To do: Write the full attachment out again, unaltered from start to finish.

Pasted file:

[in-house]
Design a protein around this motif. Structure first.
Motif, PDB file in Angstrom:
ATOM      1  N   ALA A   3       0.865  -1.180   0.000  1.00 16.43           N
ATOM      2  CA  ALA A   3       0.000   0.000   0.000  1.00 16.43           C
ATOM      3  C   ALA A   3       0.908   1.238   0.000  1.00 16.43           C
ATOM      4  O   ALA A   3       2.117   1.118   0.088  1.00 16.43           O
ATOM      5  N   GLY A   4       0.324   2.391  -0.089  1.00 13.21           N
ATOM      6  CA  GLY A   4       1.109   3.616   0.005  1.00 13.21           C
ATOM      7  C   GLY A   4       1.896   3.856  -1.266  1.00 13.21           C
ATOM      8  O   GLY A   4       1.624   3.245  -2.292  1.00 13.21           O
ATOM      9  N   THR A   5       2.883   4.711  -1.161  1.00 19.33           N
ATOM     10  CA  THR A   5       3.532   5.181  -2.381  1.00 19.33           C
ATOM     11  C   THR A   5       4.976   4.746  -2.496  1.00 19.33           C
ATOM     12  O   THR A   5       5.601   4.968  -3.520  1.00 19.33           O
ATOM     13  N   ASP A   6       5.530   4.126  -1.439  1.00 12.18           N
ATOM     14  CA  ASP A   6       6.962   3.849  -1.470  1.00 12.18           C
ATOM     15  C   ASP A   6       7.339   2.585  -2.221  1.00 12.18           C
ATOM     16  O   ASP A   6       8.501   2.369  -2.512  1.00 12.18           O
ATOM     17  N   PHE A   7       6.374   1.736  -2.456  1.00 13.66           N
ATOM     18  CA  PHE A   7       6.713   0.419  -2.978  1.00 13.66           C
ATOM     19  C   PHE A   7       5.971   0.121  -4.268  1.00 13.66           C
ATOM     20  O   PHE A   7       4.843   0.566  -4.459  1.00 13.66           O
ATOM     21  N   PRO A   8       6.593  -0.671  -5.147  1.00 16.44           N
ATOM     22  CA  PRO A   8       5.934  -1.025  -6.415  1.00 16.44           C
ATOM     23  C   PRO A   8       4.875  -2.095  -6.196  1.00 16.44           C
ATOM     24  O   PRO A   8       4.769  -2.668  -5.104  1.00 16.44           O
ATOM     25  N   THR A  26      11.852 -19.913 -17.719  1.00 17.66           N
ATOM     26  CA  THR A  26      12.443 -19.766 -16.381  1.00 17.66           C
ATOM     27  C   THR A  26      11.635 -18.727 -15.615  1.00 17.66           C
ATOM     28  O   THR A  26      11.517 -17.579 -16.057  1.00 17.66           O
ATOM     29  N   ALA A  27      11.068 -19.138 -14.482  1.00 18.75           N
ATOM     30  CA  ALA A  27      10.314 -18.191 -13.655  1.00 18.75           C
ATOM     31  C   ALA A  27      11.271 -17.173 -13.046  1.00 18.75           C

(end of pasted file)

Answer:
[in-house]
Design a protein around this motif. Structure first.
Motif, PDB file in Angstrom:
ATOM      1  N   ALA A   3       0.865  -1.180   0.000  1.00 16.43           N
ATOM      2  CA  ALA A   3       0.000   0.000   0.000  1.00 16.43           C
ATOM      3  C   ALA A   3       0.908   1.238   0.000  1.00 16.43           C
ATOM      4  O   ALA A   3       2.117   1.118   0.088  1.00 16.43           O
ATOM      5  N   GLY A   4       0.324   2.391  -0.089  1.00 13.21           N
ATOM      6  CA  GLY A   4       1.109   3.616   0.005  1.00 13.21           C
ATOM      7  C   GLY A   4       1.896   3.856  -1.266  1.00 13.21           C
ATOM      8  O   GLY A   4       1.624   3.245  -2.292  1.00 13.21           O
ATOM      9  N   THR A   5       2.883   4.711  -1.161  1.00 19.33           N
ATOM     10  CA  THR A   5       3.532   5.181  -2.381  1.00 19.33           C
ATOM     11  C   THR A   5       4.976   4.746  -2.496  1.00 19.33           C
ATOM     12  O   THR A   5       5.601   4.968  -3.520  1.00 19.33           O
ATOM     13  N   ASP A   6       5.530   4.126  -1.439  1.00 12.18           N
ATOM     14  CA  ASP A   6       6.962   3.849  -1.470  1.00 12.18           C
ATOM     15  C   ASP A   6       7.339   2.585  -2.221  1.00 12.18           C
ATOM     16  O   ASP A   6       8.501   2.369  -2.512  1.00 12.18           O
ATOM     17  N   PHE A   7       6.374   1.736  -2.456  1.00 13.66           N
ATOM     18  CA  PHE A   7       6.713   0.419  -2.978  1.00 13.66           C
ATOM     19  C   PHE A   7       5.971   0.121  -4.268  1.00 13.66           C
ATOM     20  O   PHE A   7       4.843   0.566  -4.459  1.00 13.66           O
ATOM     21  N   PRO A   8       6.593  -0.671  -5.147  1.00 16.44           N
ATOM     22  CA  PRO A   8       5.934  -1.025  -6.415  1.00 16.44           C
ATOM     23  C   PRO A   8       4.875  -2.095  -6.196  1.00 16.44           C
ATOM     24  O   PRO A   8       4.769  -2.668  -5.104  1.00 16.44           O
ATOM     25  N   THR A  26      11.852 -19.913 -17.719  1.00 17.66           N
ATOM     26  CA  THR A  26      12.443 -19.766 -16.381  1.00 17.66           C
ATOM     27  C   THR A  26      11.635 -18.727 -15.615  1.00 17.66           C
ATOM     28  O   THR A  26      11.517 -17.579 -16.057  1.00 17.66           O
ATOM     29  N   ALA A  27      11.068 -19.138 -14.482  1.00 18.75           N
ATOM     30  CA  ALA A  27      10.314 -18.191 -13.655  1.00 18.75           C
ATOM     31  C   ALA A  27      11.271 -17.173 -13.046  1.00 18.75           C